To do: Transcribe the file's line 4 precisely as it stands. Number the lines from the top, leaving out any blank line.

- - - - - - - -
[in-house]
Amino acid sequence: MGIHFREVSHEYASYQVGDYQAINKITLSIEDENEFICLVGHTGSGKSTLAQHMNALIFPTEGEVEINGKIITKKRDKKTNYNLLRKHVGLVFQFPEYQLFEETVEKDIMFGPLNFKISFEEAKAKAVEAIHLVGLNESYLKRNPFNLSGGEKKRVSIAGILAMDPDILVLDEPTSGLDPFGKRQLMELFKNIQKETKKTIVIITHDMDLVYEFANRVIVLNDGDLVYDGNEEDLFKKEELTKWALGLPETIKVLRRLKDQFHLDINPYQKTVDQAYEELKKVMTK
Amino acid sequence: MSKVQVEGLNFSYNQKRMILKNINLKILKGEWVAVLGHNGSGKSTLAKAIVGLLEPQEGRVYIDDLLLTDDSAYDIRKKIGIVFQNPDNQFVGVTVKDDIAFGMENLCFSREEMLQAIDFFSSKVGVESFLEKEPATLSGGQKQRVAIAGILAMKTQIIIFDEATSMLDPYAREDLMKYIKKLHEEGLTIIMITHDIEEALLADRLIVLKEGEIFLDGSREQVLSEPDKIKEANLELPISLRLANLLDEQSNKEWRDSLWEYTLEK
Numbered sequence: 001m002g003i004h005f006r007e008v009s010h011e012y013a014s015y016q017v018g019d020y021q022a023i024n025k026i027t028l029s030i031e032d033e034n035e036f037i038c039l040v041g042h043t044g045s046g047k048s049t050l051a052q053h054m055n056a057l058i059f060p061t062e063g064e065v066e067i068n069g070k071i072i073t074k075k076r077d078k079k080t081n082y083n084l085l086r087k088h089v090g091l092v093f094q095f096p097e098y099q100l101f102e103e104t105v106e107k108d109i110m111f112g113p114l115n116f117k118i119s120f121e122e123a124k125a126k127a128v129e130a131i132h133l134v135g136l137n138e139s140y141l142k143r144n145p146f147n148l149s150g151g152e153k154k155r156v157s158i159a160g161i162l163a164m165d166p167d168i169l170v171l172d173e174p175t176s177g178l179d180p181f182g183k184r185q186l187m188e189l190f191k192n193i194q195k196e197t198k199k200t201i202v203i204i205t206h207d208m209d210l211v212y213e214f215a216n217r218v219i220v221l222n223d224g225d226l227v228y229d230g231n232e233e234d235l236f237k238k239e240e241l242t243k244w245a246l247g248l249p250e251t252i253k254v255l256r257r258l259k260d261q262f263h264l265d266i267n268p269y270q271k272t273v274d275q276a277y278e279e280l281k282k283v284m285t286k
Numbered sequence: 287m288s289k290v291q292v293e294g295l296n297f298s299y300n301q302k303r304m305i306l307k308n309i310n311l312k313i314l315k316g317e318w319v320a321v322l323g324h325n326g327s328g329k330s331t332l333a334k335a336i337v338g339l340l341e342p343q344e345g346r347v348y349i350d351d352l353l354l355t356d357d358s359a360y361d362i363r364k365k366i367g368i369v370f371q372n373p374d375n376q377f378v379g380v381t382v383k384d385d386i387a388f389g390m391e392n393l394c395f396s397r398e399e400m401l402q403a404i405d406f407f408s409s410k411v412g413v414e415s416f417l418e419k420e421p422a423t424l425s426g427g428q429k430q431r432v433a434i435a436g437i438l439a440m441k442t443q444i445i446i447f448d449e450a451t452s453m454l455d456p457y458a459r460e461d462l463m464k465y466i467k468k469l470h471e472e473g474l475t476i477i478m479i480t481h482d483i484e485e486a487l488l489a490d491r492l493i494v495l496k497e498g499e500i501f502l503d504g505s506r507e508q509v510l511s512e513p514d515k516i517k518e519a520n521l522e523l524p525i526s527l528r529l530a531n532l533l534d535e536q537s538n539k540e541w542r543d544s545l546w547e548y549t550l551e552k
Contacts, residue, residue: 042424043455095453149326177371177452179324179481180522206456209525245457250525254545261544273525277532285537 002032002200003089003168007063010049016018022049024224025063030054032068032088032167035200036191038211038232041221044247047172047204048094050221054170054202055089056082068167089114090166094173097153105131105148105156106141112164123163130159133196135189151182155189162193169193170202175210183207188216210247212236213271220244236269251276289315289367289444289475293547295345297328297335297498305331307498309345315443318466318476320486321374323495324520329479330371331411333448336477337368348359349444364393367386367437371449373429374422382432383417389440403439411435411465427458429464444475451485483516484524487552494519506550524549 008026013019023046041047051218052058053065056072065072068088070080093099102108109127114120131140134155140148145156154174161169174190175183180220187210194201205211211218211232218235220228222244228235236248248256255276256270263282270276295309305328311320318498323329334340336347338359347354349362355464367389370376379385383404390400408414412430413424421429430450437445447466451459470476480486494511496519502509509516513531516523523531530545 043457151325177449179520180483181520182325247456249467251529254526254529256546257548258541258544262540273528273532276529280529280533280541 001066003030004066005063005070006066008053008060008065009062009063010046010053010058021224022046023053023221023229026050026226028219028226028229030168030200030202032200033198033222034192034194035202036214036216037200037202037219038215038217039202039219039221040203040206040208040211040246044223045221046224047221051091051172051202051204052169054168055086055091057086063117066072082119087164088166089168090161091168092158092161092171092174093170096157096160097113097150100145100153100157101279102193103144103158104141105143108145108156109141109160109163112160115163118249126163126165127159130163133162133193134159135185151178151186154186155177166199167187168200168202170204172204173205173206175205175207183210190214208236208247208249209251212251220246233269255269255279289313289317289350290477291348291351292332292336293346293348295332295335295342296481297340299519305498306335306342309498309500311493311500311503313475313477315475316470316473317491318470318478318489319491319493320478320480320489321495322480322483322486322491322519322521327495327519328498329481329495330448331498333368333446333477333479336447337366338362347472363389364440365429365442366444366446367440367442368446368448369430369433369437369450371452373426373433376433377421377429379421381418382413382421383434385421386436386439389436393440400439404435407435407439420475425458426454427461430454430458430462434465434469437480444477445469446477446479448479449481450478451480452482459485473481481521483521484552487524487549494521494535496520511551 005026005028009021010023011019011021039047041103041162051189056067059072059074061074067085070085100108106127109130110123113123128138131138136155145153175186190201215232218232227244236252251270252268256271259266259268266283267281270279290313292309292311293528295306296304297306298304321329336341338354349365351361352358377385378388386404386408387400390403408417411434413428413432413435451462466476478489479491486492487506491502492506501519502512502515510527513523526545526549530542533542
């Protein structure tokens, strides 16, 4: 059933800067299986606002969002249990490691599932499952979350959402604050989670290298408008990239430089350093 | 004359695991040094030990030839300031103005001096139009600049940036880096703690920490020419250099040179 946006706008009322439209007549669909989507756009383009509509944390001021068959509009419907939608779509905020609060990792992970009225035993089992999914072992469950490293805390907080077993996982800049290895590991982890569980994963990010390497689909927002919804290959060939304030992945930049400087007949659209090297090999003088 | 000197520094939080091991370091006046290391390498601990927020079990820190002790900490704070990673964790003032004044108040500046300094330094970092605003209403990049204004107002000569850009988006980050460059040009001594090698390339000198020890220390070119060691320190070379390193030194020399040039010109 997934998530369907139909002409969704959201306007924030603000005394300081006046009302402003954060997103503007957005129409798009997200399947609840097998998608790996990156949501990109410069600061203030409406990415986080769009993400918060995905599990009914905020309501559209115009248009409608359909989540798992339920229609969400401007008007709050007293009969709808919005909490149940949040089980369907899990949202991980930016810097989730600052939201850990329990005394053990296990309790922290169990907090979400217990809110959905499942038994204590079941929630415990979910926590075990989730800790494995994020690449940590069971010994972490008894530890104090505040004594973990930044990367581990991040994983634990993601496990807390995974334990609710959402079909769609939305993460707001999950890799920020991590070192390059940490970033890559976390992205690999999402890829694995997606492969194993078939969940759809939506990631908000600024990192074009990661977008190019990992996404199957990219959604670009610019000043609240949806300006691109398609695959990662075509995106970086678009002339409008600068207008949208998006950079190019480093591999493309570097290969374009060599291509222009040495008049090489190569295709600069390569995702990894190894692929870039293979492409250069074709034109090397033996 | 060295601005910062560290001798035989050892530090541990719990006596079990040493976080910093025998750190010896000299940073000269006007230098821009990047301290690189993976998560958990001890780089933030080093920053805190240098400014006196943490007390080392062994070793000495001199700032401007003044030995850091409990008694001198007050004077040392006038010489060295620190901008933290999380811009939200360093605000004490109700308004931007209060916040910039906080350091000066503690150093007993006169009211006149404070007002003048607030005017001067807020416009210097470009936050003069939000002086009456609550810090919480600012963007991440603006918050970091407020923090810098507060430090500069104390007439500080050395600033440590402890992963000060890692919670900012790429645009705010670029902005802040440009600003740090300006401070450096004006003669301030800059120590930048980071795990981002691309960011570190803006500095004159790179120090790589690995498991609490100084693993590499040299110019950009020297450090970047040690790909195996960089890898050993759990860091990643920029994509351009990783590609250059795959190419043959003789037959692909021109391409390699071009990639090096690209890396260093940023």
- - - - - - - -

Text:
Numbered sequence: 001m002g003i004h005f006r007e008v009s010h011e012y013a014s015y016q017v018g019d020y021q022a023i024n025k026i027t028l029s030i031e032d033e034n035e036f037i038c039l040v041g042h043t044g045s046g047k048s049t050l051a052q053h054m055n056a057l058i059f060p061t062e063g064e065v066e067i068n069g070k071i072i073t074k075k076r077d078k079k080t081n082y083n084l085l086r087k088h089v090g091l092v093f094q095f096p097e098y099q100l101f102e103e104t105v106e107k108d109i110m111f112g113p114l115n116f117k118i119s120f121e122e123a124k125a126k127a128v129e130a131i132h133l134v135g136l137n138e139s140y141l142k143r144n145p146f147n148l149s150g151g152e153k154k155r156v157s158i159a160g161i162l163a164m165d166p167d168i169l170v171l172d173e174p175t176s177g178l179d180p181f182g183k184r185q186l187m188e189l190f191k192n193i194q195k196e197t198k199k200t201i202v203i204i205t206h207d208m209d210l211v212y213e214f215a216n217r218v219i220v221l222n223d224g225d226l227v228y229d230g231n232e233e234d235l236f237k238k239e240e241l242t243k244w245a246l247g248l249p250e251t252i253k254v255l256r257r258l259k260d261q262f263h264l265d266i267n268p269y270q271k272t273v274d275q276a277y278e279e280l281k282k283v284m285t286k